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The man who got me into franchising in 1980 died of pancreatic cancer four years ago. I wrote about Jerry shortly after his death and chronicled many of the lessons I learned from him. He was the best I had ever seen at building a team.

Since his passing, a golf tournament fundraiser is held in his honor for the scholarship program at Rockford (IL) Lutheran High School. His son, who is my kid’s age, is the head basketball coach at Lutheran.  All three of Jerry’s children work at the water treatment company that he started in 1980, and I worked at for more than seven years.

My son Andy, now 40, drives to Rockford from his home in Cleveland, Ohio, to pick me up in Chicago on the way to the yearly event. We both leave the house before 4:30 a.m.—he drives the six hours to Chicago, and I head to the Southwest terminal in Dallas. We look forward to it each year!

The event is a great way to help raise money for a worthy cause and spend time golfing with my son and some very good friends I’ve known for decades. This year, more than 60 participated in the fundraiser.

As I landed at Chicago Midway, I texted Andy to find out how close he was to the airport. He let me know that he was already there, waiting in the cell phone lot. GREAT! We’d get to Rockford by noon and play some golf on Saturday, too. I told him that I’d let him know when my bags arrived.

Not long after, the clubs and suitcase arrived, and I called Andy and told him I was outside and ready to be picked up. He asked what terminal I was in—if you’ve flown to Midway, you know there is only one terminal.  He then asked me if I was in vestibule one. I told him that I didn’t see any vestibule signs, only to find out from him that he saw them every 30 feet or so. He explained that he was parked behind the Enterprise rent-a-car van—I didn’t see one.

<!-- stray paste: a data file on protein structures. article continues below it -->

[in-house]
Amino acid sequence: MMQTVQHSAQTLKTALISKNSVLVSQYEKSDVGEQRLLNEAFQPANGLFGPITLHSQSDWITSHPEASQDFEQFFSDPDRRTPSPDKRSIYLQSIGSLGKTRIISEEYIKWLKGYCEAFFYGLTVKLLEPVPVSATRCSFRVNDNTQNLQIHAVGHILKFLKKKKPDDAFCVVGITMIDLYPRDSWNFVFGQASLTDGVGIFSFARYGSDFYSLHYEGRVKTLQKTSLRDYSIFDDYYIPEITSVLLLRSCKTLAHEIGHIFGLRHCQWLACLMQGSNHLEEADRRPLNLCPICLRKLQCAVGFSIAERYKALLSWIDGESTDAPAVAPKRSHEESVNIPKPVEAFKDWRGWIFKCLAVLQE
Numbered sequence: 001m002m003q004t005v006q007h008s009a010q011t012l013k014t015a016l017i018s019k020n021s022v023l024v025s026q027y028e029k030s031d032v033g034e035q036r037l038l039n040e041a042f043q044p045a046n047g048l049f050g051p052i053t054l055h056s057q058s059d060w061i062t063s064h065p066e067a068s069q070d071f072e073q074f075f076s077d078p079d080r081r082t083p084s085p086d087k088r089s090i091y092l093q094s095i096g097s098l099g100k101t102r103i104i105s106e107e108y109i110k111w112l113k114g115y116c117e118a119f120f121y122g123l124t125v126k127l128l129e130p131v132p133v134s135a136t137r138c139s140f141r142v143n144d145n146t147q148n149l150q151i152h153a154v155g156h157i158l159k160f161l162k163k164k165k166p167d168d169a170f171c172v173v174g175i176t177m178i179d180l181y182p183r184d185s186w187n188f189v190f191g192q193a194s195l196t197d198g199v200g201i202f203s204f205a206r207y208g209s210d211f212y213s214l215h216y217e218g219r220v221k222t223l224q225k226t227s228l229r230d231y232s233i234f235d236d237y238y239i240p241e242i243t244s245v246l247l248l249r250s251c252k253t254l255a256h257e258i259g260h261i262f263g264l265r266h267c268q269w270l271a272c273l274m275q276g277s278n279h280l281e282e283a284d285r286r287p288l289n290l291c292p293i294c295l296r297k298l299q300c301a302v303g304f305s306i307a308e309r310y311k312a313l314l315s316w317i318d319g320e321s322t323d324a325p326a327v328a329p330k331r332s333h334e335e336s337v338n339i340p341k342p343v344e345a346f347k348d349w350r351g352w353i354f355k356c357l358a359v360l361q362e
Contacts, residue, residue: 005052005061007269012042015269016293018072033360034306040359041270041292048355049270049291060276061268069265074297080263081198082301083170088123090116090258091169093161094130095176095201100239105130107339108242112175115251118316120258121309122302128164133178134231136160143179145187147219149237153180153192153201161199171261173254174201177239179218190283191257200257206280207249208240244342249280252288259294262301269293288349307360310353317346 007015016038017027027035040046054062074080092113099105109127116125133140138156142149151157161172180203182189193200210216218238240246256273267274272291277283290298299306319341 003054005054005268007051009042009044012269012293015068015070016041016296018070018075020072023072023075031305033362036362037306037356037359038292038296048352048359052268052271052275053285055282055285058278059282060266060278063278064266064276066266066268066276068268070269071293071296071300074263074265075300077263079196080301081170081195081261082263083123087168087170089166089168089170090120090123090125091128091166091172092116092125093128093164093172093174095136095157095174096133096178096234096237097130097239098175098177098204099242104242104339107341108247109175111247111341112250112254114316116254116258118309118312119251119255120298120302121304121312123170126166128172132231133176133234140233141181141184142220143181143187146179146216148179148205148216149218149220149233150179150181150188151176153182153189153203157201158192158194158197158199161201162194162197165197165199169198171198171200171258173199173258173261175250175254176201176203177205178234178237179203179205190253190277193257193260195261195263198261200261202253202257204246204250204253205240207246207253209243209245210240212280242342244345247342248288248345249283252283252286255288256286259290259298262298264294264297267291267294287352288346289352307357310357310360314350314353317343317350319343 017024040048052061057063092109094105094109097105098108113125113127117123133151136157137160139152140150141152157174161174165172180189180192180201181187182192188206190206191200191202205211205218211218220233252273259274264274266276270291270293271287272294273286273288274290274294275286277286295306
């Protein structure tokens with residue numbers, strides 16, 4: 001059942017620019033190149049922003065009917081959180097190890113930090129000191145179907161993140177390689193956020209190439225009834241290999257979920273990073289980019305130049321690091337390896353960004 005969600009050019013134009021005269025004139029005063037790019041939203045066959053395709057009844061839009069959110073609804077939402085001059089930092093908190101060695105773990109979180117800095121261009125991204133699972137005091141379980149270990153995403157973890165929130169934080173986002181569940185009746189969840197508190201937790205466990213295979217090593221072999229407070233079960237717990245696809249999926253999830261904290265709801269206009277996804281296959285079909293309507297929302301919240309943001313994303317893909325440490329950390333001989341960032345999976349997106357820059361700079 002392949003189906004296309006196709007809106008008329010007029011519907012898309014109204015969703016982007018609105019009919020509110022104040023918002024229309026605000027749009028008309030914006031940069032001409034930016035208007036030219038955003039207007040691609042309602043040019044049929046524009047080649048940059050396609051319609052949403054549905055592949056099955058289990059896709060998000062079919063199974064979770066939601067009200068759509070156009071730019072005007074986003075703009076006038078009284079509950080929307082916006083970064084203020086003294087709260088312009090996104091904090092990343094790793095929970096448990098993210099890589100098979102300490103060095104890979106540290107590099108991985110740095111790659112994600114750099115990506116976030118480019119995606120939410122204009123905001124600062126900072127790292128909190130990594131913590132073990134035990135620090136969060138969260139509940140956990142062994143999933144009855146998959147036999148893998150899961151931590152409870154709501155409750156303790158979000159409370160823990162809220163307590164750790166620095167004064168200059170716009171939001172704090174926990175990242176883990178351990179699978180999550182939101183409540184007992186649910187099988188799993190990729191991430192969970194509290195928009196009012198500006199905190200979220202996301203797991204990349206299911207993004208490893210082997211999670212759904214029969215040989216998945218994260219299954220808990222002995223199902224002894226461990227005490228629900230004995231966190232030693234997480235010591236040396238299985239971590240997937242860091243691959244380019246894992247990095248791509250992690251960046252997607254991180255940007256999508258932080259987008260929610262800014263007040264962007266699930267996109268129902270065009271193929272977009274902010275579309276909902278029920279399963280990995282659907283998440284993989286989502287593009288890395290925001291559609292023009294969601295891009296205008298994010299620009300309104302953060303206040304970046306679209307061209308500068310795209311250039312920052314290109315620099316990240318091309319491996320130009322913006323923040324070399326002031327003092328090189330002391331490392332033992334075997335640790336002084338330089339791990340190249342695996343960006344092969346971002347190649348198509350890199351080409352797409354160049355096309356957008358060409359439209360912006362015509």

It was then, and only then, that we realized he was at O’Hare, and I was at Midway—30 miles and 45 minutes apart. To make matters worse, he passed Midway over an hour ago! Andy told me that his wife asked him what airport I was flying into. He thought I flew into O’Hare last year . . . while I was sure I flew into Midway. Unfortunately, we didn’t call each other to find out.

A month ago, my oldest grandsons, 17 and 14, flew into Dallas for a four-day weekend with me and Mary Kay. We told them we would meet them at A-29. The luggage area for their flight from Cleveland came in at A-29.  After waiting 45 minutes, they found us and said they walked by A-29 several times, not realizing that they had to go THROUGH the door to the luggage area.

Communication: Do you ever have an issue with it?

Walter Bond, one of my favorite speakers, says that we have to quit communicating and start connecting.  He is 100-percent correct. Andy and I would have connected had we talked the night before, or even as we were both driving at 5 a.m., about which airport I was landing. If I would have told the grandsons that the luggage area is at A-29, and that we would wait by the luggage area THROUGH THE DOORS at A-29, they would have known where to go.

Connecting—not communicating.

Have you had situations like this in the past week? (I hope it just isn’t me!) Look at the various areas of your life: home, business, parenting, socializing. Being able to connect is so important. As you can imagine, I have the same issues with Mary Kay. Seems that she just can’t read my mind, and that I actually have to CONNECT with her verbally about what is happening. (Shocking.)

Work on your CONNECTIONS this week. You’ll be amazed at how it simplifies your life.

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